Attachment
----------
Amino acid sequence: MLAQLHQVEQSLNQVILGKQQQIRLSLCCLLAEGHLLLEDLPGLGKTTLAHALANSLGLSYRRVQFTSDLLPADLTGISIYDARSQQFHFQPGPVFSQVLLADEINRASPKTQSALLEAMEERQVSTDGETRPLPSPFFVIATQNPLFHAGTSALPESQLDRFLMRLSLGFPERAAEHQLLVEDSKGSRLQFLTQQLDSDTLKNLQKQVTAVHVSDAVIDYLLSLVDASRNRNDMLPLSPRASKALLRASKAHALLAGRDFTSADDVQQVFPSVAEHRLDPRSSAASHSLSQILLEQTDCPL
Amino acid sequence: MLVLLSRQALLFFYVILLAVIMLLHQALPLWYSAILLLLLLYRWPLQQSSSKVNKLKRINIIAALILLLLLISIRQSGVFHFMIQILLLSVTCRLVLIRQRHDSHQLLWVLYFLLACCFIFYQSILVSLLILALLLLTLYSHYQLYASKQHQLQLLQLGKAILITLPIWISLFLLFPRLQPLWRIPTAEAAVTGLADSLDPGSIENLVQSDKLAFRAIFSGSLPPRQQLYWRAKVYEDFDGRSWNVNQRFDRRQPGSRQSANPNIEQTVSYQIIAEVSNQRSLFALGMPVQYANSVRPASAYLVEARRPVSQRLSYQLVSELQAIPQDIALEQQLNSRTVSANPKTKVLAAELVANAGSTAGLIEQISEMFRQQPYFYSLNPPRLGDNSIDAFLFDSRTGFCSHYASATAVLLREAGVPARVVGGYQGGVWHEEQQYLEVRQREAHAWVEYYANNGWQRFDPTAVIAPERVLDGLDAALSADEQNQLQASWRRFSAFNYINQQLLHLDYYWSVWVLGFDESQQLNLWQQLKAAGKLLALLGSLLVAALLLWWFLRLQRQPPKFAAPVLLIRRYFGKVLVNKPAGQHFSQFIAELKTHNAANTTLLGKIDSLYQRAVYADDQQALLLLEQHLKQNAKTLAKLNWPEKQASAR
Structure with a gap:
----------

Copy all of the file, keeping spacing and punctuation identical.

Amino acid sequence: MLAQLHQVEQSLNQVILGKQQQIRLSLCCLLAEGHLLLEDLPGLGKTTLAHALANSLGLSYRRVQFTSDLLPADLTGISIYDARSQQFHFQPGPVFSQVLLADEINRASPKTQSALLEAMEERQVSTDGETRPLPSPFFVIATQNPLFHAGTSALPESQLDRFLMRLSLGFPERAAEHQLLVEDSKGSRLQFLTQQLDSDTLKNLQKQVTAVHVSDAVIDYLLSLVDASRNRNDMLPLSPRASKALLRASKAHALLAGRDFTSADDVQQVFPSVAEHRLDPRSSAASHSLSQILLEQTDCPL
Amino acid sequence: MLVLLSRQALLFFYVILLAVIMLLHQALPLWYSAILLLLLLYRWPLQQSSSKVNKLKRINIIAALILLLLLISIRQSGVFHFMIQILLLSVTCRLVLIRQRHDSHQLLWVLYFLLACCFIFYQSILVSLLILALLLLTLYSHYQLYASKQHQLQLLQLGKAILITLPIWISLFLLFPRLQPLWRIPTAEAAVTGLADSLDPGSIENLVQSDKLAFRAIFSGSLPPRQQLYWRAKVYEDFDGRSWNVNQRFDRRQPGSRQSANPNIEQTVSYQIIAEVSNQRSLFALGMPVQYANSVRPASAYLVEARRPVSQRLSYQLVSELQAIPQDIALEQQLNSRTVSANPKTKVLAAELVANAGSTAGLIEQISEMFRQQPYFYSLNPPRLGDNSIDAFLFDSRTGFCSHYASATAVLLREAGVPARVVGGYQGGVWHEEQQYLEVRQREAHAWVEYYANNGWQRFDPTAVIAPERVLDGLDAALSADEQNQLQASWRRFSAFNYINQQLLHLDYYWSVWVLGFDESQQLNLWQQLKAAGKLLALLGSLLVAALLLWWFLRLQRQPPKFAAPVLLIRRYFGKVLVNKPAGQHFSQFIAELKTHNAANTTLLGKIDSLYQRAVYADDQQALLLLEQHLKQNAKTLAKLNWPEKQASAR
Structure with a gap: